Tag Archive | GSD

God Bless Alice

“The best laid schemes of mice and men often go awry.”   Robert Burns

The performance was starting in an hour and I found myself doing the usual check.  Children fed and in their sleepers, pump set up clean, rescue supplies available, information about how to reach us and French horn by the back door.  My black dress probably should have been dry cleaned, but who notices what the musicians wear in the pit anyway.

Alice knocked on the front door a few minutes before we expected her and the kids were all giggles and silliness about spending time with the “girl” teenager across the street who knew how to ride a unicycle.  Alice was one of eight children whose mother was a nurse so I always felt confident that if she had problems she could request back up.  Goodnight kisses, two little boys waving “bye-bye” through the back porch window and their daddy and I backing down the sloping driveway on the way to a concert.  Playing my horn was a “filling the vessel” activity for me.  It was a night out alone one night a week, and more during dress rehearsal weeks, to refresh and have a change from the unrelenting responsibilities of raising a family and children with GSD.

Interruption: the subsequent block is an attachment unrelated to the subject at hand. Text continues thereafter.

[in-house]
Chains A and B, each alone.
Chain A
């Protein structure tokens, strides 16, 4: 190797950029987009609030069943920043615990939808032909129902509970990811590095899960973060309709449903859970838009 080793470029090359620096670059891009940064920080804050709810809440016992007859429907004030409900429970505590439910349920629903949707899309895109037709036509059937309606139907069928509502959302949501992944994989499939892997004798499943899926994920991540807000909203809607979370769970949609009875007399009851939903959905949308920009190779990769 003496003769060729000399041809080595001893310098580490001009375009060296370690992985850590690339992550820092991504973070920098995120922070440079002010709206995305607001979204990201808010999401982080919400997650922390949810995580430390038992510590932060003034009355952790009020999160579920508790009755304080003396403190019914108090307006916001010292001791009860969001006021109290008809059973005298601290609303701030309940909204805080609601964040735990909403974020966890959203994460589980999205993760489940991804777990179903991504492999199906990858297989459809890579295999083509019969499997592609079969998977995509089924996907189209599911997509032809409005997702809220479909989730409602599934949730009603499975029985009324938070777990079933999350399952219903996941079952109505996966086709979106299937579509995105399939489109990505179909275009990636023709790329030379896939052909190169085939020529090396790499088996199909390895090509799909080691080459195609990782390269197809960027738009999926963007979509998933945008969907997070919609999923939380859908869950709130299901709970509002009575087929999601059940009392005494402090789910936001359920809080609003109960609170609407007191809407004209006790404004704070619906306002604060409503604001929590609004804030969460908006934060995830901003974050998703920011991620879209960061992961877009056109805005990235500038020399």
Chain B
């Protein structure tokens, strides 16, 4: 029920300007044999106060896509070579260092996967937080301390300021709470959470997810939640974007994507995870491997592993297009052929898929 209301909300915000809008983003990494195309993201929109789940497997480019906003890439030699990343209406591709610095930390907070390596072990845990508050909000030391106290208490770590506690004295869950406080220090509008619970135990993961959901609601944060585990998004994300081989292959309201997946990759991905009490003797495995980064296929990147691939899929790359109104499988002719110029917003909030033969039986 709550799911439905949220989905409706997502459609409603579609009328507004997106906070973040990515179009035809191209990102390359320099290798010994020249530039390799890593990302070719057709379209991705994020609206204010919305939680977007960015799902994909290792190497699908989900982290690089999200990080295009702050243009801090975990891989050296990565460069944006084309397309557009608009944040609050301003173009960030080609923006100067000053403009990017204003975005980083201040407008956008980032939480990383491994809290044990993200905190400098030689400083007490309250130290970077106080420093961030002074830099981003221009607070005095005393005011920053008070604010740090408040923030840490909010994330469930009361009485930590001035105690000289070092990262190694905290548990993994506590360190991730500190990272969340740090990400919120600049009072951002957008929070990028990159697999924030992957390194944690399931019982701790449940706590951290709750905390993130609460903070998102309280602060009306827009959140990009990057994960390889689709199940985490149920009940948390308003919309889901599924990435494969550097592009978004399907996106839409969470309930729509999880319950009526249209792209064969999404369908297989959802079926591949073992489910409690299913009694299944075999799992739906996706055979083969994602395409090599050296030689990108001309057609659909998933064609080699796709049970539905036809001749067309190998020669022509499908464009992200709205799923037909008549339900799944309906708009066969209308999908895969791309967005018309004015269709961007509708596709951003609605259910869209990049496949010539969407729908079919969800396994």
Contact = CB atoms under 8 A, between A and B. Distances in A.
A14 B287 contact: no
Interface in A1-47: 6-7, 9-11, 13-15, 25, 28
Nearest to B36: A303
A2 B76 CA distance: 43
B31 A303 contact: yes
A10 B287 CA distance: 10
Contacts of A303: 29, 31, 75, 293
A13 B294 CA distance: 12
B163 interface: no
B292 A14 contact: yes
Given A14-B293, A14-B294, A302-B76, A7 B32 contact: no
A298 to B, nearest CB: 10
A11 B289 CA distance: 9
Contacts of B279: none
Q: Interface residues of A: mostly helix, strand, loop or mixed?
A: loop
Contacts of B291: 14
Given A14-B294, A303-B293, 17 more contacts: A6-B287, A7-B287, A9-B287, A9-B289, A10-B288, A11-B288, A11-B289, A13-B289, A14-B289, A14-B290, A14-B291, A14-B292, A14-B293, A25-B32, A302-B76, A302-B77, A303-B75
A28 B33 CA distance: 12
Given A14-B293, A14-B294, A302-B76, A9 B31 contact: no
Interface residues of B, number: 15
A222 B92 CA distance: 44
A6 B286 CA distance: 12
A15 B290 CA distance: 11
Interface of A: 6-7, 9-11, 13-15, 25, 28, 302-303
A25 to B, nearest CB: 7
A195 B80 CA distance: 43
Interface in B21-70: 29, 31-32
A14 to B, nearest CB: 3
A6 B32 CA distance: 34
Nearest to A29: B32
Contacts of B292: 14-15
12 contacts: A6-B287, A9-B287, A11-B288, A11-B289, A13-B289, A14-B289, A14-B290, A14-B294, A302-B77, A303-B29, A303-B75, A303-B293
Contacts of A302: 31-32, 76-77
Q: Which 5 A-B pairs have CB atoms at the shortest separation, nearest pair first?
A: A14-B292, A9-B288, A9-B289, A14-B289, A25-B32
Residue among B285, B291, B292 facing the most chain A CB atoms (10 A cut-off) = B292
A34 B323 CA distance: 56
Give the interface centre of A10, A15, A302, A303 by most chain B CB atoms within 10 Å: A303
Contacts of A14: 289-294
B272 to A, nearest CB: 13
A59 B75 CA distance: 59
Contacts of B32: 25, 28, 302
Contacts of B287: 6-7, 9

Most of the other musicians were already warming up their instruments when I walked quickly to the front of the auditorium to take my place in the horn section.  I noticed my husband found a seat in the mid section not too far from the aisle.  I took my horn out of the case, put the mouth piece in place and blew warm air through the cool metal.  Business as usual.